I have been doing more with the Scrap Tank, but I haven’t managed to take any pictures due to needing flippers outside yesterday. So instead, lets see something else that was on the test etch that I have recently had returned.
This is the early style lookout for the dia 12 Highland Goods Brake. As originally built these lookouts formed by a single slot to the centre of the roof and were fully glazed to the front and back. In use guards complained that they caught their heads on the lip of the roof as they climbed in. To overcome this, many of the vans were rebuilt to include ramped approaches to the centre of the lookout were incorporated, to become what was arguably the signature feature of the Highland’s rolling stock.
Microrail produced a kit for this van 30+ years ago and this included the latter style of lookout. I had a pair of these kits and ended up acquiring a third one and I felt I really could not have another one just like the first two! So I had an inspiration and thought it would be fun to make the early pattern lookout. The old man’s book came out and a scan of the drawing loaded up into the CAD machine. From here it was a relatively simple exercise to draw up the difficult bits, the glazed screens, and the more simple roof.
The components went together easily and do give a very different feel to the Microrail kit as intended. I also made a number of other adjustments, to the footboards and also the panelling, to make the model both different and authentic. The latter, the beaded panelling, is a right pain in the whatsit and took much longer than any other element of the assembly – so don’t to it unless really want to! And this is what it looks like next to the kit as originally intended, with the later style lookout.
I will be making these available via the Miscellany Models site shortly, when I have done enough of the other elements I am working on to do a production run. In the meantime, I do have a pair of very slight seconds (there is a tiny bit of over etching – almost impossible to see, the pictures of my vehicle have the same problem). These are available for the price of the metal; say £2.50, plus postage (which won’t be much). Ordering is via here: http://miscellanymodels.com
And the real thing looks like this:
(C) Bill Steel
Over the break, I have been concentrating on trying to finish things. Like many people, I find it much easier to start a kit or project than it is to get it fully finished. Indeed, do we every truly finish our models – certainly not our layouts!
Back in March 2013, I completed a dia 39 goods break. These were the final Highland Railway break vans and it is not clear that they were actually finished prior to the end of the HR era. Given that I model in the mid 1920’s, I am quite content to do this in LMS grey which to date I have not seen the model depicted in! The main body painting has been completed and the van has been lettered but weathering, the interior and final detailing/glazing is still to be completed. Based on the Lochgorm Models kit with minimal adjustments (a few pipes below the chassis and sprung W irons in lieu of the compensation provided in the kit) this is what it presently looks like:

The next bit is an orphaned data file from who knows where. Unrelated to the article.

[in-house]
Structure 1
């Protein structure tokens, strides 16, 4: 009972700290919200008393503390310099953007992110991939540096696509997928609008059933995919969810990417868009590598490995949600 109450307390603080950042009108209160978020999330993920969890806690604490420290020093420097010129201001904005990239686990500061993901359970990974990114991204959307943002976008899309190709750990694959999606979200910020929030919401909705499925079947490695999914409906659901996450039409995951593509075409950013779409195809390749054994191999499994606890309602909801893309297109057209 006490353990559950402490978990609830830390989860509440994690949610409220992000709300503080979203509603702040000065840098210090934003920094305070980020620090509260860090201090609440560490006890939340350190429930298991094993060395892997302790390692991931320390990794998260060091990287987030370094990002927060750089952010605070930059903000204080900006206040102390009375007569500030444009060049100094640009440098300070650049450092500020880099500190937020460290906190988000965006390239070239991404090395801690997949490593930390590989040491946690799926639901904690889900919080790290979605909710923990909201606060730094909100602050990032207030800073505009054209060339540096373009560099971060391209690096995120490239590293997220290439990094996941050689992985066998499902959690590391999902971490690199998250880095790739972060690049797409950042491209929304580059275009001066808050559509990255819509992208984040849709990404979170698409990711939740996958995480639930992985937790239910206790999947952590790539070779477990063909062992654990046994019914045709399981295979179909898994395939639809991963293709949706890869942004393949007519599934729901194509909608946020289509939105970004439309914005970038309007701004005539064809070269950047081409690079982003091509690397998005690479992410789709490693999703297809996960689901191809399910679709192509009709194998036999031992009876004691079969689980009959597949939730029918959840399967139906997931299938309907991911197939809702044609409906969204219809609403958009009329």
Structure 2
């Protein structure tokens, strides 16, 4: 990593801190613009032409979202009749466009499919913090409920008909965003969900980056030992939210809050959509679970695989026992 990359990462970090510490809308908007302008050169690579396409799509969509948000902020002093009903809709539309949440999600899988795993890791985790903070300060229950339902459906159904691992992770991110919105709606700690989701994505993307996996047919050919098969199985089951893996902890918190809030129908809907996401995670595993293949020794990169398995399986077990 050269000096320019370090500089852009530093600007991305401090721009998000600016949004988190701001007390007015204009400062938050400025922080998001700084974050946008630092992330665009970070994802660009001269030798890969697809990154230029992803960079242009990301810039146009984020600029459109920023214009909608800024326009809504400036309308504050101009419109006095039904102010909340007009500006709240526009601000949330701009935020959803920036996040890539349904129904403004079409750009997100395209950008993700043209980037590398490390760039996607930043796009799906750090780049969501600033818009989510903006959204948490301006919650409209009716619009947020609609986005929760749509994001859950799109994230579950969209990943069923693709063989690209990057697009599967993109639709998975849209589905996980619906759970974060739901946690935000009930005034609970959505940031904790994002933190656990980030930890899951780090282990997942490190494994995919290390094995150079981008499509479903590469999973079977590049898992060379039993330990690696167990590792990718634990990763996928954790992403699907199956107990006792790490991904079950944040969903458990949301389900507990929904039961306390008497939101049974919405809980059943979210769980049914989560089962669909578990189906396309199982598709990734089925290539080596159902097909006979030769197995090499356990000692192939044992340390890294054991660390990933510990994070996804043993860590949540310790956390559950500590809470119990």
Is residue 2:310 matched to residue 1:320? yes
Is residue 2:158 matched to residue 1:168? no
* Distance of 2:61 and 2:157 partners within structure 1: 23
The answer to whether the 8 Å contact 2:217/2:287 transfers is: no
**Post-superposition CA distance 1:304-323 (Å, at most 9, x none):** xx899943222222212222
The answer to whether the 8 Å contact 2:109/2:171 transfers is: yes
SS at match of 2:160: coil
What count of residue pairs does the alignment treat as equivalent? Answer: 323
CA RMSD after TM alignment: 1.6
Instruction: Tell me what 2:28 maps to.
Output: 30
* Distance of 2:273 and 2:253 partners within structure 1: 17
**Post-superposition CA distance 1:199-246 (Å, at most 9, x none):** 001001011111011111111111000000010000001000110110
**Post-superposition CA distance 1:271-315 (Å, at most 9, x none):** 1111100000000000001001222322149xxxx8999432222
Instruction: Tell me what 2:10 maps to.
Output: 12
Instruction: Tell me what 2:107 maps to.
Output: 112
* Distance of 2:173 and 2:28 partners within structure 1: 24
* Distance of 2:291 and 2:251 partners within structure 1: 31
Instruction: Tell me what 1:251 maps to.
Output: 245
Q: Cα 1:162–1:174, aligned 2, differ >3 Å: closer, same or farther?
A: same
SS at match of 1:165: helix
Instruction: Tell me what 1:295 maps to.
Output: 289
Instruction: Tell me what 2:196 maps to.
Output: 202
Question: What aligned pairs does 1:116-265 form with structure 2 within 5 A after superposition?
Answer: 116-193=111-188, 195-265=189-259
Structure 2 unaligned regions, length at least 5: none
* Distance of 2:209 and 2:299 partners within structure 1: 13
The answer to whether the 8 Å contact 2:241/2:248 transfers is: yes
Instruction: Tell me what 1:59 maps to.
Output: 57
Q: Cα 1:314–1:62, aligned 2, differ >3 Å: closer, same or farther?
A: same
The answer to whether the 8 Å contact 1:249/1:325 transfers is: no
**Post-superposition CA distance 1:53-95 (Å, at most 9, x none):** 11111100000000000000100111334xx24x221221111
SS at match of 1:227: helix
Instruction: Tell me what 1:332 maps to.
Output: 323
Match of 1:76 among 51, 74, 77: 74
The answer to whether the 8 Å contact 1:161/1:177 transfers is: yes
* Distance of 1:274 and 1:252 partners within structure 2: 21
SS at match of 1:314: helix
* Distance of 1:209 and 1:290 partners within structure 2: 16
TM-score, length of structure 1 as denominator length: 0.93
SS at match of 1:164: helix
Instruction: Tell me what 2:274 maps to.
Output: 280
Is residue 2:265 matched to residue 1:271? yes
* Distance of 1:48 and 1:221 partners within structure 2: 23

Also coming through the paint shops are a pair of vans. The first is a Great Central van build from a Mousa Models etched brass kit and the other is a LMS early standard van from an injection plastic moulded kit from Cambrian Models. Both are pretty simple models to build; the Mousa Models one was built as designed and no adjustments were found to be necessary. I only fitted springing to the Cambrian one and got rid of the rather too thick W irons in the process. Again the bulk of the painting is complete, but some dirtying work is definitely still required.
Apologies for the slightly squiffy photos; I left it a bit late in the day to take them and the light was poor. I have made a lot of progress painting the NER hoppers, but the photos of these really did not make it and need to be repeated. Something to post tomorrow I suspect!
The latest completion off the workbench is a goods brake van.
This is a diagram 39 version; which was the Highland’s last brake van design (and there is some speculation that they were not delivered until after the start of the LMS era but if someone has a photograph in HR days, we would be all eyes!). These were quite modern by the Highland’s standards and were the first ones for several decades to do away with the lookout on the top of the roof which was likely to be a retrograde step given all the twists and turns of the Highland’s lines.
It was built from a Lochgorm Models kit; constructed mostly as intended. However, I elected to insert some sprung suspension using Bill Bedford sprung W irons, rather than the designers intention of compensation. I also found that the sides were a little tall, so these needed to be cut down a tad. Other than this, it is was pretty easy. Having bought some of the NBR Models etched builder’s places, this became the first model of mine to be fitted with one – so a small first!